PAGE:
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The expression ‘the docks’ re-examined

British English has a certain flavour that can make it quite pleasant to hear. The plural noun “docks”, for example, means the man-made structures for the mooring and loading/unloading of boats and ships. But when Brits say “I’m going down to the docks,” they refer to the area of water where the docks (quay walls, piers or wharves) are located and the offices and warehouses around them.

The word ‘empathy’ and the battle for seafarers’ rights

The APA (Amercian Pschological Association) Dictionary of Psychology defines empathy as “understanding a person from his or her frame of reference rather than one’s own, or vicariously experiencing that person’s feelings, perceptions, and thoughts.” Clearly, there should be empathy if seafarers are to be treated more kindly by those who profit from them. So why is this word not used more often by advocates of seafarers’ rights?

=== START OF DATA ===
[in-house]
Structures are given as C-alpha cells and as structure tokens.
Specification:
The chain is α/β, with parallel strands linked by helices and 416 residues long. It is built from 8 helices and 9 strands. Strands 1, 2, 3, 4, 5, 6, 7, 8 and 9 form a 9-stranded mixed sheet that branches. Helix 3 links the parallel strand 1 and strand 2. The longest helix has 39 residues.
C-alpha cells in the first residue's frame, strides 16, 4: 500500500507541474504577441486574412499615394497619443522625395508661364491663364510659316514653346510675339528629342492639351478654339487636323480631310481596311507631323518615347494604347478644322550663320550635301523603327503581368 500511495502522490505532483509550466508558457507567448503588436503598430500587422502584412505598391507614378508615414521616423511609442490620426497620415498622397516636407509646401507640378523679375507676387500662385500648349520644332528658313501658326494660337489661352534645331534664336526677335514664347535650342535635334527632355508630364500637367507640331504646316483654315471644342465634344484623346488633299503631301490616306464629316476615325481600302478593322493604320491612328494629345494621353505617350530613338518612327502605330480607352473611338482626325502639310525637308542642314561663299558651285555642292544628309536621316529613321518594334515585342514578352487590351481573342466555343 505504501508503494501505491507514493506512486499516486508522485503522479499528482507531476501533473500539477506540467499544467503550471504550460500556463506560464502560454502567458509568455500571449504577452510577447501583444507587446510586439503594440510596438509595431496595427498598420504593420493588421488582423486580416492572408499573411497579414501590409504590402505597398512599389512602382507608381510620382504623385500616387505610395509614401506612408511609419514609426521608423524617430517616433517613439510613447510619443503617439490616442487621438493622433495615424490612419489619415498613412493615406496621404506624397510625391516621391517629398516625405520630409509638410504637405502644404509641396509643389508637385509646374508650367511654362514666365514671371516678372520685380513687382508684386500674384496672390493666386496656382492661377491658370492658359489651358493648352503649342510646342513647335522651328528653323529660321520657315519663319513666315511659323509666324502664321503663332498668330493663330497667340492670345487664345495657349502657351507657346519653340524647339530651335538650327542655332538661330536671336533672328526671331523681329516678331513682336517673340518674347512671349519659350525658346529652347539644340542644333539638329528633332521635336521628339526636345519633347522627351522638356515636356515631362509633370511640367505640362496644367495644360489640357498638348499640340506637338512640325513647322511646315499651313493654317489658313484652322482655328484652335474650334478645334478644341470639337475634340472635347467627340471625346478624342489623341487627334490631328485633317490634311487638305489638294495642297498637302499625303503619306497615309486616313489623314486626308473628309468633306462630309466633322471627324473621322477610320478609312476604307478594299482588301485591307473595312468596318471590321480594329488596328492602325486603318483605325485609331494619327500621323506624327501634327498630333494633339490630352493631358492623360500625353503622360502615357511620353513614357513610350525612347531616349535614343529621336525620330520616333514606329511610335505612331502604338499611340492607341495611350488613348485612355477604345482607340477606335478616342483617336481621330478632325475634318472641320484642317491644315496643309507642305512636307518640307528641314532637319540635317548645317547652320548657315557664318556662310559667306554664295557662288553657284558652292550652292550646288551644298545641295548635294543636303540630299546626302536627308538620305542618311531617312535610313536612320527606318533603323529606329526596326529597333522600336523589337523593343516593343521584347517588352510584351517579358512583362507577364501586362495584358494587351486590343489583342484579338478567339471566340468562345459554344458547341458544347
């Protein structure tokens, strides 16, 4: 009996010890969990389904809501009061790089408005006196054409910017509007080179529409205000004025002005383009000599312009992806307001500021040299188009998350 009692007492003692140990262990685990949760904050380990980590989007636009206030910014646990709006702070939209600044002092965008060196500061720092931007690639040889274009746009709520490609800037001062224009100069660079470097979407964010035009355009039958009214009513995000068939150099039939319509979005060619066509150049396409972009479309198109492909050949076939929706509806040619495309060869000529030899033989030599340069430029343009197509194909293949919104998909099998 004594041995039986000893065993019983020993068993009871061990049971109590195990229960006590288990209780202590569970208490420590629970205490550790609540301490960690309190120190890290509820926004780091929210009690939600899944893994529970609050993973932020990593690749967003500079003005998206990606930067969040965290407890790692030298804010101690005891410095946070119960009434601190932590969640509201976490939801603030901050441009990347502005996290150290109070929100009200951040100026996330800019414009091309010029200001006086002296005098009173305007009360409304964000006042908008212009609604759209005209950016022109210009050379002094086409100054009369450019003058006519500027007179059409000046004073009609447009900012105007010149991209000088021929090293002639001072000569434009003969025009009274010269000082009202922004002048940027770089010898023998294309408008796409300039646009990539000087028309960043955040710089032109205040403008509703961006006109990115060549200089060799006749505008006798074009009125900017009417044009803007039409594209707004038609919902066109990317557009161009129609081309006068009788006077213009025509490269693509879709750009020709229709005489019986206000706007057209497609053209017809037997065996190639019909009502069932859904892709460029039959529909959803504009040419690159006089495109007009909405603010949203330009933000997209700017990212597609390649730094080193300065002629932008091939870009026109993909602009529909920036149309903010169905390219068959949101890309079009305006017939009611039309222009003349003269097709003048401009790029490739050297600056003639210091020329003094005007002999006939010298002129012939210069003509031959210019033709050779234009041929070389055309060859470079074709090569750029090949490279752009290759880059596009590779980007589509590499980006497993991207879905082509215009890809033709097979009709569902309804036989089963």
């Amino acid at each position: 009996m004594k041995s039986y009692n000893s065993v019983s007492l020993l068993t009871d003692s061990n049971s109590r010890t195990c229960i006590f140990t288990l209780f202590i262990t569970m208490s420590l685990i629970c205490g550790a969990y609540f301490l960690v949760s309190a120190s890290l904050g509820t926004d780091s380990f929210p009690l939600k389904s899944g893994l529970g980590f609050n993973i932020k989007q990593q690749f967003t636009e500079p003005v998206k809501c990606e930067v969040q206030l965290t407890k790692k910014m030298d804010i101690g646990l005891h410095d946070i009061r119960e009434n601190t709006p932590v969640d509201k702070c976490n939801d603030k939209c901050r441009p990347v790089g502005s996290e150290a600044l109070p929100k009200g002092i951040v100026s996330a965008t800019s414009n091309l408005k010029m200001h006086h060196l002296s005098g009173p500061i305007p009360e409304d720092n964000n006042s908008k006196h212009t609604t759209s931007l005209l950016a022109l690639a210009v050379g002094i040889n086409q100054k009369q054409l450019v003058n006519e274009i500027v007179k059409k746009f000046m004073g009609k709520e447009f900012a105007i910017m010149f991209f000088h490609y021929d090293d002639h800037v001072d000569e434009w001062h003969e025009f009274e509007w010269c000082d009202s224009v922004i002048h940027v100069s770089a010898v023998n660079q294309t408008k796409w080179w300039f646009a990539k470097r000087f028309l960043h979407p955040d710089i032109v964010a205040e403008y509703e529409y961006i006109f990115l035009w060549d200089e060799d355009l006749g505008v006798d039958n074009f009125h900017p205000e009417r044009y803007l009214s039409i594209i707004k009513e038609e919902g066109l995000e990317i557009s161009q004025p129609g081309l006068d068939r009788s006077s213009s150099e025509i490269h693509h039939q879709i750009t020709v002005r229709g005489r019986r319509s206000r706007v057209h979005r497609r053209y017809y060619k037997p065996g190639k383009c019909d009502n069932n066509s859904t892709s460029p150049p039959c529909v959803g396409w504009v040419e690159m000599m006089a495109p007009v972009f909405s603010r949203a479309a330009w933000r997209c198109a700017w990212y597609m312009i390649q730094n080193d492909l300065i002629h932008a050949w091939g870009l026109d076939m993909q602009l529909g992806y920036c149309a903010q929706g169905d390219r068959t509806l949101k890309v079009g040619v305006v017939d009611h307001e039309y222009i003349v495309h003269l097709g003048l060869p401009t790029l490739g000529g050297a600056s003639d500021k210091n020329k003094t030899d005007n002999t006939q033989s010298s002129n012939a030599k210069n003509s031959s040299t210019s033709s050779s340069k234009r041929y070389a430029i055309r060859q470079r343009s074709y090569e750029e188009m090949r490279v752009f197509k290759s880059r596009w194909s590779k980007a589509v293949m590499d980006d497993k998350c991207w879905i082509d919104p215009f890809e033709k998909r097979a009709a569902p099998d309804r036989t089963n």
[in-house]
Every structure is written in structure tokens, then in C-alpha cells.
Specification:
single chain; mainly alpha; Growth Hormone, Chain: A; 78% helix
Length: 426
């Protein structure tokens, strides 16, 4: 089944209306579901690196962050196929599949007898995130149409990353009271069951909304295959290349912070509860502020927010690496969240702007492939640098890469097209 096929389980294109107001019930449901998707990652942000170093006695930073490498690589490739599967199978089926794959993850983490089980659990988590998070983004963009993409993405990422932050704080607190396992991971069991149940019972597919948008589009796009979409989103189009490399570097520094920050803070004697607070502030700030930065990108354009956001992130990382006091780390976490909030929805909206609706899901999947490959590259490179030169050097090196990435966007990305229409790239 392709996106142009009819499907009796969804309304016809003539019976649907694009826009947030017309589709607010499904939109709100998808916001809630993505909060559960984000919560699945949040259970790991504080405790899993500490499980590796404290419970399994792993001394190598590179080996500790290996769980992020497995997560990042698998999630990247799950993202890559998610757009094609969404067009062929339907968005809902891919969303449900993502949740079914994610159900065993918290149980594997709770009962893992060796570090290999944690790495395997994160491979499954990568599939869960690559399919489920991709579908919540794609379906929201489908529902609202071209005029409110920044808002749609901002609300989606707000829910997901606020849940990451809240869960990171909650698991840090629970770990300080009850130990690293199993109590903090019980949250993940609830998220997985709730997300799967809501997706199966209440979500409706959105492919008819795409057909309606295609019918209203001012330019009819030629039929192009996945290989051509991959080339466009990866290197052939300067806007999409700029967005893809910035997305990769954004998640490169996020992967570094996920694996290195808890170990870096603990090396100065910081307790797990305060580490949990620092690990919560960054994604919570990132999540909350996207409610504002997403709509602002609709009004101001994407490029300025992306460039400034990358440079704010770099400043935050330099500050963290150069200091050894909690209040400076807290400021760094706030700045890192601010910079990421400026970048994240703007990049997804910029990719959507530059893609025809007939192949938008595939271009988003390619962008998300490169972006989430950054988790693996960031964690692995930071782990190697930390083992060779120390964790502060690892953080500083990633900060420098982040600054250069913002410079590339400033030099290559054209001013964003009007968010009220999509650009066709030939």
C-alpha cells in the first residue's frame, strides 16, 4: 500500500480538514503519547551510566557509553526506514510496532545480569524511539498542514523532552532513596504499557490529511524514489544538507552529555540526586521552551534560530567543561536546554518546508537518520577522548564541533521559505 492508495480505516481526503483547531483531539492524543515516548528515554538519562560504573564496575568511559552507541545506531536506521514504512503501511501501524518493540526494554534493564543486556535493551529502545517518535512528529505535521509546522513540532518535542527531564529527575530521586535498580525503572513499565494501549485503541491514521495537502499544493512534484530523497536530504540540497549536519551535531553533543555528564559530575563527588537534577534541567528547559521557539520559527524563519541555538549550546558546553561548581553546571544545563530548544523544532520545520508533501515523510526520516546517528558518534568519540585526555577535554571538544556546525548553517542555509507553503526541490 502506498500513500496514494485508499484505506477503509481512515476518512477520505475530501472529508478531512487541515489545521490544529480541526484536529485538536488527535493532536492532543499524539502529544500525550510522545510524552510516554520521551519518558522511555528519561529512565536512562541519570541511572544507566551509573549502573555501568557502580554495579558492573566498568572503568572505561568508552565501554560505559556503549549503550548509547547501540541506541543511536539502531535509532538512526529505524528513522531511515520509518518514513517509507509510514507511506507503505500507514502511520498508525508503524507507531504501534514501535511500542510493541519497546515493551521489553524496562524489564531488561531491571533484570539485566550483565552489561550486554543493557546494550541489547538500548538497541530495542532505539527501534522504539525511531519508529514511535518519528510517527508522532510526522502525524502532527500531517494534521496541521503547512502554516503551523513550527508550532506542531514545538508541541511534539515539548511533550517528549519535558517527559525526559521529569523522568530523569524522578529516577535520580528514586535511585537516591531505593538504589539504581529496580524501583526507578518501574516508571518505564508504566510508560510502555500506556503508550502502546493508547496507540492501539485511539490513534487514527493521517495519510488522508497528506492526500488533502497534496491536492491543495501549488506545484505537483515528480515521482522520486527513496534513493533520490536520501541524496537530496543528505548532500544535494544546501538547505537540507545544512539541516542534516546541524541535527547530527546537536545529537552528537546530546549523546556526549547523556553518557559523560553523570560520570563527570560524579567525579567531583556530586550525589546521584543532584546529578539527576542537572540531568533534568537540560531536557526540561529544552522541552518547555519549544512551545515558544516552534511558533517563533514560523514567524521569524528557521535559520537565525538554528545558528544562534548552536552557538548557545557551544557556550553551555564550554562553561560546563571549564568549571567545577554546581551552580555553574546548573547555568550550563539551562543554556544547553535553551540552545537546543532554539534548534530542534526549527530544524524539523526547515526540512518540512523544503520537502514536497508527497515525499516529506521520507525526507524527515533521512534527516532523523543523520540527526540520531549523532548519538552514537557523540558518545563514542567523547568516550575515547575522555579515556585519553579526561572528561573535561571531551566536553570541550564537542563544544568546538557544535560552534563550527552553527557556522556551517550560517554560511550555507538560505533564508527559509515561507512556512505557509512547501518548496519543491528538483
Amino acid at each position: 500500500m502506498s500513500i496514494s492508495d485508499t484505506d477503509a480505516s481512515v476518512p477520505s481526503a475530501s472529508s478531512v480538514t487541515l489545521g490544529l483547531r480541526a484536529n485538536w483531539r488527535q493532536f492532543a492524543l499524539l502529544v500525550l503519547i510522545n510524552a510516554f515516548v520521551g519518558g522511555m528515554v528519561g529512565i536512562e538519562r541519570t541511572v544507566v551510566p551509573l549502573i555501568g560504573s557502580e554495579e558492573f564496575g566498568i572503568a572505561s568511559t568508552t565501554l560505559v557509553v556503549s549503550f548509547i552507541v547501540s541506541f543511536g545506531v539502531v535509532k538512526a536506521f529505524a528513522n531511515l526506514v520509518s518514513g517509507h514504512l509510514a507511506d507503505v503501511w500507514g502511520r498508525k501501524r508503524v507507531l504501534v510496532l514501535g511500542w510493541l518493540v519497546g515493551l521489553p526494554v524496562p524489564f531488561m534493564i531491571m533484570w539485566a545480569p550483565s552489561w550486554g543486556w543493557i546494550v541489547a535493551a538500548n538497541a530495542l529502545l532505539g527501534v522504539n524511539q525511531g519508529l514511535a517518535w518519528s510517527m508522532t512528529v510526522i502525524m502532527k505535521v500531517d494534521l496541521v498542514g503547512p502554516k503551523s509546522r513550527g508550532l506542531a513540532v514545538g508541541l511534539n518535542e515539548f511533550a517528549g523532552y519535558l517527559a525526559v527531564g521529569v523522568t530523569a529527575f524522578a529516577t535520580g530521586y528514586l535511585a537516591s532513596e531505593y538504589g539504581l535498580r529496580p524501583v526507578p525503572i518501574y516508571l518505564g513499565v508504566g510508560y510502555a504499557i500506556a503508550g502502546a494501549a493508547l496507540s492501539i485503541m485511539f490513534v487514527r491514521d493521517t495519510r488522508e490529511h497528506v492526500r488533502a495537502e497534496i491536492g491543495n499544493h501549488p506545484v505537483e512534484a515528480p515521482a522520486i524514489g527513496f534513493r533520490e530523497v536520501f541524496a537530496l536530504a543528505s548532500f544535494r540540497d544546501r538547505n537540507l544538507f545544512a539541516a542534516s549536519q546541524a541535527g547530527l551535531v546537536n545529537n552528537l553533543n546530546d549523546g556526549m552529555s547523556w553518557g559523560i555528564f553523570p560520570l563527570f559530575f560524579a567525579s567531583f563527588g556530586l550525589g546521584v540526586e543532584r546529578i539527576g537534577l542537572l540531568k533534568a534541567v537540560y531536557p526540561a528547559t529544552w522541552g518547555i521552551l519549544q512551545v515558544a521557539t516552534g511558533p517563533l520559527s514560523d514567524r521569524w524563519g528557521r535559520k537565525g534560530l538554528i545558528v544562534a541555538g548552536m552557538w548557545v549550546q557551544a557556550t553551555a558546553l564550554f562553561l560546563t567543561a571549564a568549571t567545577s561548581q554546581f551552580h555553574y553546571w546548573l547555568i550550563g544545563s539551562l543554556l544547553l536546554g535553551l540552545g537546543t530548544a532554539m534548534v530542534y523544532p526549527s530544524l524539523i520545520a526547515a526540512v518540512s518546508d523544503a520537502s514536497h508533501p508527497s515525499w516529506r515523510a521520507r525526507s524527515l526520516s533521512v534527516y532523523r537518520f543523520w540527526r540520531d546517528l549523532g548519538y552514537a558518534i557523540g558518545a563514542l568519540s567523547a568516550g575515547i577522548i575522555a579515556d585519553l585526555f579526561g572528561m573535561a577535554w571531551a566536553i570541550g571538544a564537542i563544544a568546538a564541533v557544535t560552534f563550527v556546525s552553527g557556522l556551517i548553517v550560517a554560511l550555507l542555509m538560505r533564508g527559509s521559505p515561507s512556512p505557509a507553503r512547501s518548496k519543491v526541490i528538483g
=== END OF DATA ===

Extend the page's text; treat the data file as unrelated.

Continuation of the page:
A major misconception about EMSA audits still persists

It has been 17 years since the European Maritime Safety Agency (EMSA) made its inspection visit to Turkey — the first of many it would conduct to verify compliace with the International Convention on Standards of Training, Certification and Watchkeeping for Seafarers (STCW). Yet, many still have a foggy idea about the real nature and goal of these inspections.

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